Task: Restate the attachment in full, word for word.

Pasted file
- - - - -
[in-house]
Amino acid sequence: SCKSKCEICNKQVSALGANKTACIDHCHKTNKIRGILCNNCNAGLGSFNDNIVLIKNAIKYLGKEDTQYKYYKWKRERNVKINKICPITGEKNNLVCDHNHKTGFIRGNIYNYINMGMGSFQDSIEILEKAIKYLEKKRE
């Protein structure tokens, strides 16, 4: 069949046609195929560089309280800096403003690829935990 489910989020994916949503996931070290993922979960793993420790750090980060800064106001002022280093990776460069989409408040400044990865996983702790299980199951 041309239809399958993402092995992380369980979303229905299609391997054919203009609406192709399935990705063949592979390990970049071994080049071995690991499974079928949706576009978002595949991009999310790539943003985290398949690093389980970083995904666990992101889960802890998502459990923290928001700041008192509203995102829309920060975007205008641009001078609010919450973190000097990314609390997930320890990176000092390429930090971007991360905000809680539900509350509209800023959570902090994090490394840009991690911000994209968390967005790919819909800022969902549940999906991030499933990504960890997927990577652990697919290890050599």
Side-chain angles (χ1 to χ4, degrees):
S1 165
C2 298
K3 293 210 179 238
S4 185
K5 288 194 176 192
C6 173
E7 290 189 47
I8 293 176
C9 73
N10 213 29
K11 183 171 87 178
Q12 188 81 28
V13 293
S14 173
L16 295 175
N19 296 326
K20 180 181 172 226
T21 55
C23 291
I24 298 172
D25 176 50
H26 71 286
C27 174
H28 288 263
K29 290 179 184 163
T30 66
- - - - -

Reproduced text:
[in-house]
Amino acid sequence: SCKSKCEICNKQVSALGANKTACIDHCHKTNKIRGILCNNCNAGLGSFNDNIVLIKNAIKYLGKEDTQYKYYKWKRERNVKINKICPITGEKNNLVCDHNHKTGFIRGNIYNYINMGMGSFQDSIEILEKAIKYLEKKRE
């Protein structure tokens, strides 16, 4: 069949046609195929560089309280800096403003690829935990 489910989020994916949503996931070290993922979960793993420790750090980060800064106001002022280093990776460069989409408040400044990865996983702790299980199951 041309239809399958993402092995992380369980979303229905299609391997054919203009609406192709399935990705063949592979390990970049071994080049071995690991499974079928949706576009978002595949991009999310790539943003985290398949690093389980970083995904666990992101889960802890998502459990923290928001700041008192509203995102829309920060975007205008641009001078609010919450973190000097990314609390997930320890990176000092390429930090971007991360905000809680539900509350509209800023959570902090994090490394840009991690911000994209968390967005790919819909800022969902549940999906991030499933990504960890997927990577652990697919290890050599």
Side-chain angles (χ1 to χ4, degrees):
S1 165
C2 298
K3 293 210 179 238
S4 185
K5 288 194 176 192
C6 173
E7 290 189 47
I8 293 176
C9 73
N10 213 29
K11 183 171 87 178
Q12 188 81 28
V13 293
S14 173
L16 295 175
N19 296 326
K20 180 181 172 226
T21 55
C23 291
I24 298 172
D25 176 50
H26 71 286
C27 174
H28 288 263
K29 290 179 184 163
T30 66